Monday, July 29, 2013

Experts for America: Like Teach for America, only Better!

(Dateline: Washington, D. C.) Today, for the second time in less than a month, the U. S. education establishment was rocked by stunning news (See:  NFL Adopts Common Core Playbook.) A secret committee of twenty-five veteran teachers, known as Project 98.6°, and working at the behest of President Barack Obama, today announced results of their deliberations.

Nancy Potts, spokesperson for the group, and a classroom veteran of nineteen years, announced a new federal initiative called “Experts for America.”

The program is to mirror “Teach for America.”

Speaking to a gathering of school reform experts, executives of companies hoping to increase their role in public school education, and concerned politicians hoping to extend their tenure in office, Potts noted that the time to solve the nation’s school crisis was now.

“All the big names in school reform will be involved,” she noted. “Bill Gates. Wendy Kopp, CEO of Teach for America. Mayor Michael R. Bloomberg.”

These remarks were met with thunderous applause.

“Every expert in this auditorium will play a role. Joel I. Klein, former chancellor of the New York City Public Schools, you will have a chance to teach. Richard Whitmire, acclaimed education author, Davis Guggenheim, producer of Waiting for Superman, Brent Staples, editorial writer for the New York Times. Yes, all of you will have a real chance to teach. Michelle Rhee—the most experienced expert among you, will be your mentor and a colleague.”

Potts had trouble stifling a laugh. 

Quickly, she turned the microphone over to another member of the secret group, Mr. Horace Mann, an Ohio middle school history teacher for the last twenty-four years.

“First, let me tell you what an honor it is to address you all,” Mann began. “Normally, I spend my time in a 25-by-25 foot room, surrounded by hormone-addled teens. Now, here I am, talking to the men and women who do all the talking about fixing America’s schools.

“When our group first met,” he added, “we began by asking, ‘What would be the best way to improve America’s schools?’

“We heard what you were saying. What we really needed, you all said, were better teachers. Mr. Staples, you have no idea how much you helped. When you reviewed Mr. Guggenheim’s movie, you wrote: ‘Public schools generally do a horrendous job of screening and evaluating teachers, which means that they typically end up hiring and granting tenure to any warm body that comes along.’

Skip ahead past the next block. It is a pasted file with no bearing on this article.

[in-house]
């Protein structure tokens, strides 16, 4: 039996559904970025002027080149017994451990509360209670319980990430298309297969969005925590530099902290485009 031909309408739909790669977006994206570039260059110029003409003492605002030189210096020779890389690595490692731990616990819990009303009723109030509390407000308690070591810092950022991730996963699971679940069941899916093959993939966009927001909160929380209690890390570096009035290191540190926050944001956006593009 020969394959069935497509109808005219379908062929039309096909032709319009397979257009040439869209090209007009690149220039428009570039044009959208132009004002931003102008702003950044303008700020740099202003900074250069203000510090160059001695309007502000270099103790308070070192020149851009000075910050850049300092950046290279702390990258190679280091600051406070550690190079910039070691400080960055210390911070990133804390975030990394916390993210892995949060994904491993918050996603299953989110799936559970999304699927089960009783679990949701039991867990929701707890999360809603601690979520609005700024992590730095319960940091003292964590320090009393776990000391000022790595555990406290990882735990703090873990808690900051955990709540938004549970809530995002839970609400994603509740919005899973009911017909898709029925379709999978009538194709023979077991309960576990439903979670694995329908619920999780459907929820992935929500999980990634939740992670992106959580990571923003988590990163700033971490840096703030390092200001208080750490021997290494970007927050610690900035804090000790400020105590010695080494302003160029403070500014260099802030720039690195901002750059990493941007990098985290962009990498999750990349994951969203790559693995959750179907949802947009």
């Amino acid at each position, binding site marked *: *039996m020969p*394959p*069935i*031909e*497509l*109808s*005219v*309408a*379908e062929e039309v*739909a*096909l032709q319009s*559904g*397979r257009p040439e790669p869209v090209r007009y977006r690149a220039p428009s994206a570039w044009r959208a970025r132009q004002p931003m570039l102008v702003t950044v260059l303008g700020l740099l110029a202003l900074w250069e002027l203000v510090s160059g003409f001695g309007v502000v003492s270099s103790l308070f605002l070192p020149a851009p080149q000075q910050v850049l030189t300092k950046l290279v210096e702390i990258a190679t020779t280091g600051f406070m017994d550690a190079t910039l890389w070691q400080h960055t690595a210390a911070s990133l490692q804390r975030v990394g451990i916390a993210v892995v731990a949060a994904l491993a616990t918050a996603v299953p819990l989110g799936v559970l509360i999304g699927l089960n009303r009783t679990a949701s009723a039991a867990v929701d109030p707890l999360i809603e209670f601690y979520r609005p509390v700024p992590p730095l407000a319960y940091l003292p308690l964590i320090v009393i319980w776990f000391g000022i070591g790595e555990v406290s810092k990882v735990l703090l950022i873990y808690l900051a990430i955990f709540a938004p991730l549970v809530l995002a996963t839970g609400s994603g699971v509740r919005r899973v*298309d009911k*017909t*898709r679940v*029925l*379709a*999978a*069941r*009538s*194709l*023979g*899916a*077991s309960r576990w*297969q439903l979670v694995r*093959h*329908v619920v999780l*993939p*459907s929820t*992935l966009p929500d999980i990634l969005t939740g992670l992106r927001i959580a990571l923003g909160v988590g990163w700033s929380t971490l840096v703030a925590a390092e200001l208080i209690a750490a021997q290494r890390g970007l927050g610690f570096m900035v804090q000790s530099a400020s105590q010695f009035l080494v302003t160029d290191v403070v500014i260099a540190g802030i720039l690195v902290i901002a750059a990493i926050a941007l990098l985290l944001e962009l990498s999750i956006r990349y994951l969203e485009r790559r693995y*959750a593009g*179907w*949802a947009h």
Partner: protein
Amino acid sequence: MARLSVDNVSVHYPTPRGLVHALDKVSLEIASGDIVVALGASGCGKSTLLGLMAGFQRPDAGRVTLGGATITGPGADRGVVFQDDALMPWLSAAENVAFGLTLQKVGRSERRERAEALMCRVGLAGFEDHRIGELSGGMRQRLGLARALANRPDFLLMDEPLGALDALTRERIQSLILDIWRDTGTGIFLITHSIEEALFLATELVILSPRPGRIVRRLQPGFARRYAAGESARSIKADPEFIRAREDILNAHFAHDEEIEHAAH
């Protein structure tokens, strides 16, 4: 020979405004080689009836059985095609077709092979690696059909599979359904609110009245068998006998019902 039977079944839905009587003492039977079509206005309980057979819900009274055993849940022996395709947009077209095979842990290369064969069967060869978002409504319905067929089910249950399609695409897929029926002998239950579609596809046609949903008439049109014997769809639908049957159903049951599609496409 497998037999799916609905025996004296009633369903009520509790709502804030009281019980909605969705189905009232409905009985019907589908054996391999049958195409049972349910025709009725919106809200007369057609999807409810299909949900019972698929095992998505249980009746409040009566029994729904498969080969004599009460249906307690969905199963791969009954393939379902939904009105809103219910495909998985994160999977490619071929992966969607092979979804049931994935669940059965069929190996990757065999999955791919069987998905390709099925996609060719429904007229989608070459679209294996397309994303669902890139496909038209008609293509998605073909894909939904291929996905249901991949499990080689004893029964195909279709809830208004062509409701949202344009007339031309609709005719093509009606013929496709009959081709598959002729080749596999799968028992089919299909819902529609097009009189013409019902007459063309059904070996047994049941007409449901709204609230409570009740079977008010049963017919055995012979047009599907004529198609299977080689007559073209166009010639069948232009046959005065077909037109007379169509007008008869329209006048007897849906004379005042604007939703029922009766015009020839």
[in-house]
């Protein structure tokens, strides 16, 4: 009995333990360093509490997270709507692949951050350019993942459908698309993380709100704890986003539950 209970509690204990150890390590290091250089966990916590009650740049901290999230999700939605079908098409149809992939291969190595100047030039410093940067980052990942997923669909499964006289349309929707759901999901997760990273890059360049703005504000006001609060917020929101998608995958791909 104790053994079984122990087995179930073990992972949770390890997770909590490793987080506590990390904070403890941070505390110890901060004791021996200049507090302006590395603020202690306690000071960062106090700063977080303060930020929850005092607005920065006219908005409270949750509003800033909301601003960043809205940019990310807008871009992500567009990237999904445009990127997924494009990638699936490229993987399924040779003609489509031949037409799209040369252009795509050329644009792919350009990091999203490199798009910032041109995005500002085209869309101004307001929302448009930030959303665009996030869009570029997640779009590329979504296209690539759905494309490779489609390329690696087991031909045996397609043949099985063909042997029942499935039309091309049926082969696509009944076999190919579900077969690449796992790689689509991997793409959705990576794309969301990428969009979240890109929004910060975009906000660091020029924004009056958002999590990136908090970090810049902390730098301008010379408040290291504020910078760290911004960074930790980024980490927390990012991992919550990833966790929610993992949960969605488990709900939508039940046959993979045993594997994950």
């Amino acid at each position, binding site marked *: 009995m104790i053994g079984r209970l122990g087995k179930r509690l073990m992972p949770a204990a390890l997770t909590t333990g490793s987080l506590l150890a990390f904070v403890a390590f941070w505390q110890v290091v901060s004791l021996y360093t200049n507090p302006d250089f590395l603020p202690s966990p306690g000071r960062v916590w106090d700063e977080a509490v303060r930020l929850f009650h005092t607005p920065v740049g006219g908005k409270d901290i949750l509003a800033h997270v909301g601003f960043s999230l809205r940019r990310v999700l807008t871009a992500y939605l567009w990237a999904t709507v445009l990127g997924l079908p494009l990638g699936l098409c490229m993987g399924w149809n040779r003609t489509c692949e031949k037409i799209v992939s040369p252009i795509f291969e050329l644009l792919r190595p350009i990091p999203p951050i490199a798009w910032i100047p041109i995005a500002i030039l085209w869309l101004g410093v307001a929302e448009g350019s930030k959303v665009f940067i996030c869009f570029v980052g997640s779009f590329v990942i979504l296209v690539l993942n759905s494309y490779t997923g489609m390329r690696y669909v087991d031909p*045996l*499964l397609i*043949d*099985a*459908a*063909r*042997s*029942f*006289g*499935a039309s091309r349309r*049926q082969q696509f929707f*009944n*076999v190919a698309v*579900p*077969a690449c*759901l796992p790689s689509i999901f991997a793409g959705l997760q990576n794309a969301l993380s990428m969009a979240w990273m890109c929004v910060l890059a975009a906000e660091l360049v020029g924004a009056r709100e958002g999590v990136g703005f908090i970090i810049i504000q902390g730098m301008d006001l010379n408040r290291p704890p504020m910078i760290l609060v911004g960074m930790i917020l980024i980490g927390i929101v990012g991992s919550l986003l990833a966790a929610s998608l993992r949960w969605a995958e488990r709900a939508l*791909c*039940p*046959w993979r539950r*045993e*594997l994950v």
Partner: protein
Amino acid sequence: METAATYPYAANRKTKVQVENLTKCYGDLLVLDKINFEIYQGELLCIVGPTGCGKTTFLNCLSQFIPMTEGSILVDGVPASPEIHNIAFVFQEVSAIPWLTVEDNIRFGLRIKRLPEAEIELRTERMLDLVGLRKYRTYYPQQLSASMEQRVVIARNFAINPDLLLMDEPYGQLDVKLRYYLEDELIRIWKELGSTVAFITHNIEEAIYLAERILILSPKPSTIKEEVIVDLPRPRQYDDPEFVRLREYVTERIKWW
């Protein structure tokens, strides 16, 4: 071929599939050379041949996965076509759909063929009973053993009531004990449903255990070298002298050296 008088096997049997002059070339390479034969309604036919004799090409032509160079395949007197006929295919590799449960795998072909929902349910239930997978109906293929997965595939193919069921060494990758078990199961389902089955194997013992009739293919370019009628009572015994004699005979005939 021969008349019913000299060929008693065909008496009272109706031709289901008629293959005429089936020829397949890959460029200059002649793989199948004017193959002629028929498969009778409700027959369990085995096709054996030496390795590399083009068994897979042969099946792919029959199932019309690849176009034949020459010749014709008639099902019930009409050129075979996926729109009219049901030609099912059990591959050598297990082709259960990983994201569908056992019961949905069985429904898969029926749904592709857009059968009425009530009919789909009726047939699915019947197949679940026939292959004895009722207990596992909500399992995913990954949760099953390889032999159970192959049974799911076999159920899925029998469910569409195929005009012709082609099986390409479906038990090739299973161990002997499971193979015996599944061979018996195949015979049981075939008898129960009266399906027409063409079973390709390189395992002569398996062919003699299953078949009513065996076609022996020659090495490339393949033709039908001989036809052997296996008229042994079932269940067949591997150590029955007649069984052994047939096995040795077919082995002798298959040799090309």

“That was when we decided to call ourselves Project 98.6°,” Ms. Potts interjected helpfully, again trying her hardest not to laugh.

Mann continued:  “Oh, yes. Mr. Bloomberg, we heard you too. When you said the biggest problem in education was teachers hired “from the bottom 20% of their [college] classes, and not of the best schools” we stood in awe of your brilliance. We listened to you all and suddenly it was clear. Who better to save the children than you here in this audience today?”

“So we came up with a plan: ‘Experts for America,’” Potts noted happily.

“With the aid of the Selective Service and approval from President Barack Obama,” Mann explained, “a new draft will now be instituted. All education experts between the ages of 23-75, all writers of books about education, all executives of companies profiting from ties to public schools, will be subject to call to active duty.”

“We know this may come to most of you as a shock. But you will be committing to work for ten years—minimum—in the toughest public schools. None of that sissy two-year stuff like ‘Teach for America.’” Mann smiled.

“Ten years…I mean…you are committed to saving kids? Right?

“Here are a few assignments we already know:  Mr. Gates, you will teach students with severe behavior disorders at Marvin Gardens High School in Seattle. You will be replacing a teacher who was assaulted last May and has not recovered from a broken nose and jaw.”

“No, no,” Gates was heard to shout from a front row seat. “You don't understand. My education foundation only dispenses advice...”

Mann’s face hardened. “You will do just fine. As for you, Mr. Klein and Mr. Bloomberg, you favored grading schools in New York City. It seems perfectly fitting, then, that you work with some of the 20,000 homeless children in your city. You’ll be evaluated on how they perform on standardized tests. Should they fail to make adequate yearly progress, you will be required to devote another year to ‘Experts for America,’ until you finally get it right.

“We need you, too, Mr. Guggenheim. You made a movie about five wonderful families, all of whom wanted the best education for their kids. You made fixing schools seem simple.